# Total energy of air, does it include pressure?

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I'll ask this in the form of an example. A bus is traveling at some speed and there is no wind. The bus experiences a drag force related to the pressure differential at the front and rear of the bus. Most of the divergence in pressure from ambient occurs behind the bus, where the air is accelerated forward to fill in what would otherwise be a void.

The power consumption related to drag should be this drag force times speed (this is a no wind condition, so ground speed = air speed).

The "exit velocity" for each tiny amount of mass of air affected by the bus it that bit of air's velocity at the moment and place where it's pressure returns to ambient. Will the work done on the air by the bus be equal to the integral sum of 1/2 mass (exit_velocity)2?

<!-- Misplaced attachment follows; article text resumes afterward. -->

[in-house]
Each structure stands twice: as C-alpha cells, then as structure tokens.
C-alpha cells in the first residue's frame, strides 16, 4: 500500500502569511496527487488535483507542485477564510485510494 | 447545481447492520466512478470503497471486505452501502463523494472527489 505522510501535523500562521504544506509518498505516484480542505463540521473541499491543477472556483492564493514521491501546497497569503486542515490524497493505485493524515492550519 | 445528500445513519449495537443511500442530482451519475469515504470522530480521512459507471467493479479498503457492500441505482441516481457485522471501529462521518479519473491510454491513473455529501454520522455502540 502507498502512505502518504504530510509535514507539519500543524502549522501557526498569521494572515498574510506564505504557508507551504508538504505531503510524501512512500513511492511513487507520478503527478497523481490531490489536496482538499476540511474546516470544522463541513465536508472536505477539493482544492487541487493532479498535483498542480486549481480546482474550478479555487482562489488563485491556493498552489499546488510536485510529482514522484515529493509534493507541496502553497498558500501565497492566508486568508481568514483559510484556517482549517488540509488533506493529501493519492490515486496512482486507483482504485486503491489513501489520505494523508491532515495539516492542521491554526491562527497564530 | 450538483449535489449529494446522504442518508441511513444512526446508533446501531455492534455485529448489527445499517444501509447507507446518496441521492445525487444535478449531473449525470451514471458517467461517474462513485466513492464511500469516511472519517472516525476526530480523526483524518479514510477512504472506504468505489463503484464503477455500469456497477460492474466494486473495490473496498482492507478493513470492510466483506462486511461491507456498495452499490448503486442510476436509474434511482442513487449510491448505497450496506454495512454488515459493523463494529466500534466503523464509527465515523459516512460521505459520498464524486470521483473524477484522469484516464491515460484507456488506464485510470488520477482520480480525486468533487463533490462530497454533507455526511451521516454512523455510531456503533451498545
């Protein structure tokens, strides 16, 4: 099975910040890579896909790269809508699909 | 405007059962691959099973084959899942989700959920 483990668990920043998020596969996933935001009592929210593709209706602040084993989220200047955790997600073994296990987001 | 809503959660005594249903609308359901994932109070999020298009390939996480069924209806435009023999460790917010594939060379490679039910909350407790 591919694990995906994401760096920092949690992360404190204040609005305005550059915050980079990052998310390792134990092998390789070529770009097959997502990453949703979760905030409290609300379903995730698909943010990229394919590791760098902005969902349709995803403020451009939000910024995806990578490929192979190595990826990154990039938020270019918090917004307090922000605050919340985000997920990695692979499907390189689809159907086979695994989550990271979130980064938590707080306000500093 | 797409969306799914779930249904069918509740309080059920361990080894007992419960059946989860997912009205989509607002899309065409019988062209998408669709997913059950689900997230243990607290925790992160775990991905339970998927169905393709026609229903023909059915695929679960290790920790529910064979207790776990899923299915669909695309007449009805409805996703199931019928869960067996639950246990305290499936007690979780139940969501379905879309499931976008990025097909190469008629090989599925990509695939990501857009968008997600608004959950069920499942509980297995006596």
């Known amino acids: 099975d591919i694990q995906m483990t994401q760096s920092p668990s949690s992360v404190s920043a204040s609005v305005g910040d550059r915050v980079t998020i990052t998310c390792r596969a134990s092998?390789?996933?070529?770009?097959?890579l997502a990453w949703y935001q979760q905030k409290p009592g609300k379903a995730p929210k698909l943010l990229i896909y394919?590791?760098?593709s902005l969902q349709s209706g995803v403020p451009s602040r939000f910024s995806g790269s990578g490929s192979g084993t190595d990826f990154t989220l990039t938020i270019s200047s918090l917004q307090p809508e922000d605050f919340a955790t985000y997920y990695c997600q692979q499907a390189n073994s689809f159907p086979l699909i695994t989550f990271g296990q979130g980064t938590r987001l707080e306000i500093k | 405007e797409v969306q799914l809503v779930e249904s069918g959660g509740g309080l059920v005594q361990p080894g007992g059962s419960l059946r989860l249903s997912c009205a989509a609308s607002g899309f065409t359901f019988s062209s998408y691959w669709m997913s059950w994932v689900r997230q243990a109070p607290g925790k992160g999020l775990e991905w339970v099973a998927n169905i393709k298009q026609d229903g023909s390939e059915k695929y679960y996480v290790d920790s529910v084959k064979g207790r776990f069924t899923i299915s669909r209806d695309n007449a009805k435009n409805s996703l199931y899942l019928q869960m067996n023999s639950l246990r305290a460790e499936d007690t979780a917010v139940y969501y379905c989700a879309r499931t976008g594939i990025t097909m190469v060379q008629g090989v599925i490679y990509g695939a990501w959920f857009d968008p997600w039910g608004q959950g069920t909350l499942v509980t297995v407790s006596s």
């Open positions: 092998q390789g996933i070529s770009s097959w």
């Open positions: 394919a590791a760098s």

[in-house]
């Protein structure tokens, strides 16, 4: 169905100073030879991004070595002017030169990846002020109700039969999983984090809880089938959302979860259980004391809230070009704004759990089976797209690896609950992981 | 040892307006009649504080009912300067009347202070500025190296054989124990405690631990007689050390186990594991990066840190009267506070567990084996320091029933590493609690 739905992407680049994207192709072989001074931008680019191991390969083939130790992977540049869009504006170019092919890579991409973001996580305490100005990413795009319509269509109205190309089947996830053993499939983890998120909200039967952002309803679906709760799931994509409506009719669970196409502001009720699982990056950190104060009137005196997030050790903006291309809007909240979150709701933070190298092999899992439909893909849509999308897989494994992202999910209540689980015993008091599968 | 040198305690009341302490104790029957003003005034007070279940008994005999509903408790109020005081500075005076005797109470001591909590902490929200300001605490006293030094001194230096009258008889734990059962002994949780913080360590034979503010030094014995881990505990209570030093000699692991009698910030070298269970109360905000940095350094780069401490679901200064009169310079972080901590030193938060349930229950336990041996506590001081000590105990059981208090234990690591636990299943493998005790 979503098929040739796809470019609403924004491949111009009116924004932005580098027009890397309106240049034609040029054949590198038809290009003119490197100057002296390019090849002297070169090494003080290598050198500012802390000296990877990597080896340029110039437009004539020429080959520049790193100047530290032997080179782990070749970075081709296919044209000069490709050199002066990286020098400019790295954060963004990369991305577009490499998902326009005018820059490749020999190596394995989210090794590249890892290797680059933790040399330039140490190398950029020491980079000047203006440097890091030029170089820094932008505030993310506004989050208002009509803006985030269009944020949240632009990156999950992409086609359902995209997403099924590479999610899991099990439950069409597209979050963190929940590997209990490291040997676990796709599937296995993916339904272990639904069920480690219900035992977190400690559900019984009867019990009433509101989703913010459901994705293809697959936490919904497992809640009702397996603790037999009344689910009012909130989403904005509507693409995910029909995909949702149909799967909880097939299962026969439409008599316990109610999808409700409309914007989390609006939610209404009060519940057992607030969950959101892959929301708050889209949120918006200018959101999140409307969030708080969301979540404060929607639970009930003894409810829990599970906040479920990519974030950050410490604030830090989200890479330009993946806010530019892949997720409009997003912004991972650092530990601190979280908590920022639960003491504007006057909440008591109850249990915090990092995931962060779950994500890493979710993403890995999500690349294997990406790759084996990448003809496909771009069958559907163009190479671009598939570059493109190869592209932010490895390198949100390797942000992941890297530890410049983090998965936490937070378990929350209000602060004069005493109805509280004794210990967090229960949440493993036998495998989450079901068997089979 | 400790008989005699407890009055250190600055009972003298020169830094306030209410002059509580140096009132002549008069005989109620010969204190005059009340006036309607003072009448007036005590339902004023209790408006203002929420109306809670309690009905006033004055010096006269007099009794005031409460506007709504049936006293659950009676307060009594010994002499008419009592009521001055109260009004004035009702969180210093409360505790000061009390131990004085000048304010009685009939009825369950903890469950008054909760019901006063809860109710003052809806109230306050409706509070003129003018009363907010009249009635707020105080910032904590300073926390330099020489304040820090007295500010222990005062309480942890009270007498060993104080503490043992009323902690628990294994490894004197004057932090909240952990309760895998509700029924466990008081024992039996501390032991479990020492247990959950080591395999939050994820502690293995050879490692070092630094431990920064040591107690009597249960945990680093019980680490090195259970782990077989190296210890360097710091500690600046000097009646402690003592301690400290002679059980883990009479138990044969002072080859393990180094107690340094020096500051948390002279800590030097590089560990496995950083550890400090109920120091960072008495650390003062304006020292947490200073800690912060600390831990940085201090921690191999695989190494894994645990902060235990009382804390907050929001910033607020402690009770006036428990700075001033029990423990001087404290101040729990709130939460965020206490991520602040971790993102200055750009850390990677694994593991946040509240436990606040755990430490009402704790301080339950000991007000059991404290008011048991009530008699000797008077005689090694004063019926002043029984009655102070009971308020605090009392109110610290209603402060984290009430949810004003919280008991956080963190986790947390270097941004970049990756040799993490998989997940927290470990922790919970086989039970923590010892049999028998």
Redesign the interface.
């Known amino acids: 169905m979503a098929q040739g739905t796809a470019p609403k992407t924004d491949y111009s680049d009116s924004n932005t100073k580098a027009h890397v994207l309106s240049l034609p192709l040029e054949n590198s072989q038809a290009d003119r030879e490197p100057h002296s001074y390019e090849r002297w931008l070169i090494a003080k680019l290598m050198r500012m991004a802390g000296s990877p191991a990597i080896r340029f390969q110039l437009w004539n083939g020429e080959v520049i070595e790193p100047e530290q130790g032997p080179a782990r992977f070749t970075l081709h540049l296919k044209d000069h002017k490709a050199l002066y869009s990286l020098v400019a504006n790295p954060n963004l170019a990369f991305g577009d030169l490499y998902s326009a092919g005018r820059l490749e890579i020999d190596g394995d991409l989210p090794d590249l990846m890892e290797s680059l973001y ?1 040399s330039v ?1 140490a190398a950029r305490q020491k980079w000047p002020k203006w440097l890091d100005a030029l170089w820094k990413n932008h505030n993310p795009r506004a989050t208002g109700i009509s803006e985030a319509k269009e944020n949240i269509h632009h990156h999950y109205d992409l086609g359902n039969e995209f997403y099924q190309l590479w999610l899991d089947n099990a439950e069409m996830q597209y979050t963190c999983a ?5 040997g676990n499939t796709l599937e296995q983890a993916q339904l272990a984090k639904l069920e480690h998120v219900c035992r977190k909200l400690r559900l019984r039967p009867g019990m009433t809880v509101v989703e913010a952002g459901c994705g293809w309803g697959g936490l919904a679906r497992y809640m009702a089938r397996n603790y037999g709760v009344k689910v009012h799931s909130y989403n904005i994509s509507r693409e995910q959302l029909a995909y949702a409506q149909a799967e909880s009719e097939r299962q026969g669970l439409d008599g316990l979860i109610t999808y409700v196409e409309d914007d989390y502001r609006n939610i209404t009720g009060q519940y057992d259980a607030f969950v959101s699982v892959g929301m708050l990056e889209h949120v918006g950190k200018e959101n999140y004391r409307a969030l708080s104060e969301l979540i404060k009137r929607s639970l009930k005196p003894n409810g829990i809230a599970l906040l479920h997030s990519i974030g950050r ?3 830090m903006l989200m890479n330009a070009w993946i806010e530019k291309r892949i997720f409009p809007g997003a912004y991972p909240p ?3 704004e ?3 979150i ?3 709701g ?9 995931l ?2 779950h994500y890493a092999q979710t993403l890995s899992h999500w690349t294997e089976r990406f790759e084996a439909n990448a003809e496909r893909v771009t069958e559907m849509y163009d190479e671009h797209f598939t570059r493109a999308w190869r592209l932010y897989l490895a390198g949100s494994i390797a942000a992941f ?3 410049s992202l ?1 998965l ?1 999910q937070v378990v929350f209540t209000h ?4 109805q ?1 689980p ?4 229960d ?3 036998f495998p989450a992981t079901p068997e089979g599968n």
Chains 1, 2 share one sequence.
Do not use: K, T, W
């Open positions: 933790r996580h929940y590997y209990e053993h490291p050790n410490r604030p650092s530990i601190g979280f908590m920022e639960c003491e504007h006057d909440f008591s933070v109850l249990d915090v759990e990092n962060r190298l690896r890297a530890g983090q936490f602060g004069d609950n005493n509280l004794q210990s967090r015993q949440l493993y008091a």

The velocities in the immediate vicinity of the bus will be different than the exit velocities. The higher pressure areas will have velocities lower than exit velocity and vice versa. Is the work done on the air instead related to these velocities as opposed to the exit velocities?

Now to reask the original question, is the work done only related to the kinetic energy change of the air, or is the pressure energy of the air also a factor?

another example

Take a second bus with a streamlined tail section to reduce the drag. Bus2 travels faster so that it consumes the same amount of aerodynamic power as bus1 :

drag2 speed2 = drag1 speed1

Will the integral sum of the 1/2 mass (immediate_velocites)2 or 1/2 mass (exit_velocities)2 (or maybe both?) be the same for bus1 and bus2?

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